Just over four years ago, Donald Trump’s Federal Communications Commission eliminated net neutrality rules that ensured a free and open internet. Without these critical protections, internet service providers, or ISPs, were no longer required to provide equal access to all lawful content on the internet. That means ISPs were free to speed up customer access to information they like — either because they agreed with the content politically, the opinion advanced their corporate interests, or a business partner was paying them to give its content preferential treatment. At the same time, ISPs were likewise free to deliberately slow down customer access to content they didn’t like, or to block it entirely.
Through almost every political lens, getting rid of net neutrality was viewed as a terrible move. It turns out, Americans love a free and open internet. They want to have access to receive and communicate information free of corporate censorship. Even in Trump’s divided states of America, people from every background and political philosophy were united in their desire to bring net neutrality back. According to a 2018 University of Maryland poll, 82 percent of Republicans, 90 percent of Democrats, and 85 percent of independents favor restoring net neutrality.
Proponents of net neutrality put up a fight. In 2018, the Republican-controlled Senate voted 52-47, via the Congressional Review Act, to reject the FCC’s elimination of net neutrality protections (the House never got the chance to vote on the CRA). Throughout the nation, governors and state legislatures adopted laws and executive orders seeking to preserve net neutrality in their states. And the ACLU may have permanently harmed several of its staff members by filming them eating dangerously hot chicken wings while pleading with the federal government to save net neutrality.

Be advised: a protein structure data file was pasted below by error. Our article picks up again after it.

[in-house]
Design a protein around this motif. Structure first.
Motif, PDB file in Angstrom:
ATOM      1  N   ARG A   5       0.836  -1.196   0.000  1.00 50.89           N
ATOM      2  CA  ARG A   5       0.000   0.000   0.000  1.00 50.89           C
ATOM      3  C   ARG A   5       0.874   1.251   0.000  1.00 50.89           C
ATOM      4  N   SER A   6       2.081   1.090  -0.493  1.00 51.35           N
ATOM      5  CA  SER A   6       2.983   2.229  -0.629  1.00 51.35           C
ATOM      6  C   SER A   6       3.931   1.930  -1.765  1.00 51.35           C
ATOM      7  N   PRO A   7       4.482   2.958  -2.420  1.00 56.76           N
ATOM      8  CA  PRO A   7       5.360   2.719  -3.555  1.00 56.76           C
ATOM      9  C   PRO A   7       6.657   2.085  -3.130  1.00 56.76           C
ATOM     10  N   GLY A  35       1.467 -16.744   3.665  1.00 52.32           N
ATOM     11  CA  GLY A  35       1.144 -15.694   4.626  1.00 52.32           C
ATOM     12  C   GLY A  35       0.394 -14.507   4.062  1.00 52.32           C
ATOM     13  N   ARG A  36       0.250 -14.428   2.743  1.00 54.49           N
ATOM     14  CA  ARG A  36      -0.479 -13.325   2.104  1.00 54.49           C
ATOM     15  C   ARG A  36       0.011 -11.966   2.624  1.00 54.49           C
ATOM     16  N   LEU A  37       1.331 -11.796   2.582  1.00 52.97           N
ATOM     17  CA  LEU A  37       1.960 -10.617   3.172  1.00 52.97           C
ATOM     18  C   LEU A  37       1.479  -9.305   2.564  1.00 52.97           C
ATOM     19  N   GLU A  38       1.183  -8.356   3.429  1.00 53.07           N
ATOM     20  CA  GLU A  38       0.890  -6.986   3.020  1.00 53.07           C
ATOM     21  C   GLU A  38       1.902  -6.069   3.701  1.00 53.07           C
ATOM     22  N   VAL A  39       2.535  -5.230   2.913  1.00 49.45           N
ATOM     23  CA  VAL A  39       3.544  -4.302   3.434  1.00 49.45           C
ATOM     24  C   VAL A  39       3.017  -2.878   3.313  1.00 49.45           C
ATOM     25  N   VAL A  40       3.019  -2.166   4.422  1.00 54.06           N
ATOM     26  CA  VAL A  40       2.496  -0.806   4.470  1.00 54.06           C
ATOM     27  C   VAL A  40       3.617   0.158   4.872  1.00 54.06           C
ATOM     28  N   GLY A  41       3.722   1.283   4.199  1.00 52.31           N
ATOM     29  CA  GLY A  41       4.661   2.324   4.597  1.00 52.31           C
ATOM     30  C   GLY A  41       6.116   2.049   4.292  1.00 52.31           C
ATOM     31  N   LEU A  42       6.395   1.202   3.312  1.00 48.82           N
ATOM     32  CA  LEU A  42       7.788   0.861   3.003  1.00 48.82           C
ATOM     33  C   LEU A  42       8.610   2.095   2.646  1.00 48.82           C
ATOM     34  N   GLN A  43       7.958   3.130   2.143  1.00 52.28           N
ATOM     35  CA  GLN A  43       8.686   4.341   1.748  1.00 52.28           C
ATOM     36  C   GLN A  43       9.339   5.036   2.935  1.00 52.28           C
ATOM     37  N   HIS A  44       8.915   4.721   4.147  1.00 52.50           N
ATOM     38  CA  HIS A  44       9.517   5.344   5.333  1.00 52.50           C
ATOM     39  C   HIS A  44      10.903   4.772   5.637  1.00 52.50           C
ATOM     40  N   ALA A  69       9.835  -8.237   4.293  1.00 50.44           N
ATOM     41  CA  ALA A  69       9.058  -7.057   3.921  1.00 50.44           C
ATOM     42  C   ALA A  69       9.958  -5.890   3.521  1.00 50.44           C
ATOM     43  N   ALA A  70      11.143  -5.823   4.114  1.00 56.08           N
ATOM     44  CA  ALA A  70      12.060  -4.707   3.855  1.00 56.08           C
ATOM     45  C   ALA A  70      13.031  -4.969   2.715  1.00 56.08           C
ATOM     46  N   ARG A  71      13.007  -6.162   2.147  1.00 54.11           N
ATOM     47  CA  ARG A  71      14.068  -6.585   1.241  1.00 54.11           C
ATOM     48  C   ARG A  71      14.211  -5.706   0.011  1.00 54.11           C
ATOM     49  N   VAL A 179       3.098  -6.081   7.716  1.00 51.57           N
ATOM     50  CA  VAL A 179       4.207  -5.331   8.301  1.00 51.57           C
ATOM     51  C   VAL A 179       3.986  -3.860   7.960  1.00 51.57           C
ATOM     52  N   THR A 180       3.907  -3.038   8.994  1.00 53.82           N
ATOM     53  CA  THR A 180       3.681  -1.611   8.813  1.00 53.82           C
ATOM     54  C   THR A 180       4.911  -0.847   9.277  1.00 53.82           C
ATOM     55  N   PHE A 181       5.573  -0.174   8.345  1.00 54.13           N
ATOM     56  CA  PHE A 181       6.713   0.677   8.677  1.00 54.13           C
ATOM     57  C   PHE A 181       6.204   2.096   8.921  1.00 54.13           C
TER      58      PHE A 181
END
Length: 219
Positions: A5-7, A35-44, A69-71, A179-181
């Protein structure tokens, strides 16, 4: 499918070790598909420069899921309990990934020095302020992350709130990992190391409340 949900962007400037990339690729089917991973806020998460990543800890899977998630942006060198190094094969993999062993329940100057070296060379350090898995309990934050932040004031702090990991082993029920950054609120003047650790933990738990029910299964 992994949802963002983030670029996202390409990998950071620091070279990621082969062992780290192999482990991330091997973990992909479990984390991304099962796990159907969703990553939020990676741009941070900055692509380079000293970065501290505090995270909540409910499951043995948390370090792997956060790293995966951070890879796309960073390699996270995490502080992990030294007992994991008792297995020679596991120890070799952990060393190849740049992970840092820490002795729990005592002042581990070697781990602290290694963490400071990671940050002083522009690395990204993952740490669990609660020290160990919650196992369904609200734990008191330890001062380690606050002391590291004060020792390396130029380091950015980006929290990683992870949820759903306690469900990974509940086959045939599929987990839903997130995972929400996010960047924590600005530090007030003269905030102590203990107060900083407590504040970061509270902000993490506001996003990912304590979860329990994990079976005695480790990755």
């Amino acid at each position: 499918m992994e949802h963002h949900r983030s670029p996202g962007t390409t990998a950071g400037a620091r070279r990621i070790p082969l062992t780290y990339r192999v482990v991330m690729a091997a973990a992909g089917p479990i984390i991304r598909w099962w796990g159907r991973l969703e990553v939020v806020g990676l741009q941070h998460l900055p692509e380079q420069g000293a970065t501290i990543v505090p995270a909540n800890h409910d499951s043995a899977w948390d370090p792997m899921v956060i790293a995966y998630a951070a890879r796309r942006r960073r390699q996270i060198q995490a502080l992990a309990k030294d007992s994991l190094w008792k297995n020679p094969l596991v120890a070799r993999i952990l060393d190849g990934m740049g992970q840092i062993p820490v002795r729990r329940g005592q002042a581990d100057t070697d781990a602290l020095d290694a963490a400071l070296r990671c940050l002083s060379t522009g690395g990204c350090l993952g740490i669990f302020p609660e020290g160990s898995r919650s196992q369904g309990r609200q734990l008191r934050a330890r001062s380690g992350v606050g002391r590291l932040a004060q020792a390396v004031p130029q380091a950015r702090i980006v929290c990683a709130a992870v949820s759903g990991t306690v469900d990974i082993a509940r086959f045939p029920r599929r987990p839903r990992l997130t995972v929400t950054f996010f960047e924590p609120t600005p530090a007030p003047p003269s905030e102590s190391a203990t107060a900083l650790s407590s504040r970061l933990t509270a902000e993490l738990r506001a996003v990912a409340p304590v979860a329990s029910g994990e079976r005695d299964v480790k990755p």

With this overwhelming, pro-net neutrality consensus, who exactly were net neutrality’s opponents? The answer was the ISPs, because eliminating net neutrality cleared the way for them to make a lot more money. Unsurprisingly, the FCC’s successful effort to kill net neutrality was led by its chairperson, Ajit Pai, a former Verizon lawyer. Pai was all too pleased to do the bidding of his former (and perhaps future) employers, and Trump was happy to go along because, well, Trump loves giving wealthy companies more money, even when doing so comes at the expense of regular Americans.
Net neutrality advocates always knew that despite strong state-level actions, the only route to fully restoring net neutrality would be through a new president and FCC. Well guess what? As of Jan. 20, we have a new president who cares about the liberty and freedoms of the American people more than corporate profits, and a new vacancy on the FCC after Ajit Pai resigned on Inauguration Day that, when filled, should provide a 3-2 commissioners majority in favor of net neutrality.
Rarely are such important victories so ripe for the picking. We can get there, but victory is not yet 100 percent assured. We must remind President Biden that the time to fully restore net neutrality is now, and that he should reject any legislative or administrative compromises that would result in a “net neutrality lite.”
People’s access to a free and open internet should never be compromised. Please help us finish this fight by taking to social media and urging the president (@POTUS) and the acting FCC chair (@JRosenworcel) to restore #NetNeutrality within the Biden administration’s first 100 days. The ACLU will do everything we can as well — except for making another hot sauce video; I still can’t feel my tongue after the last one.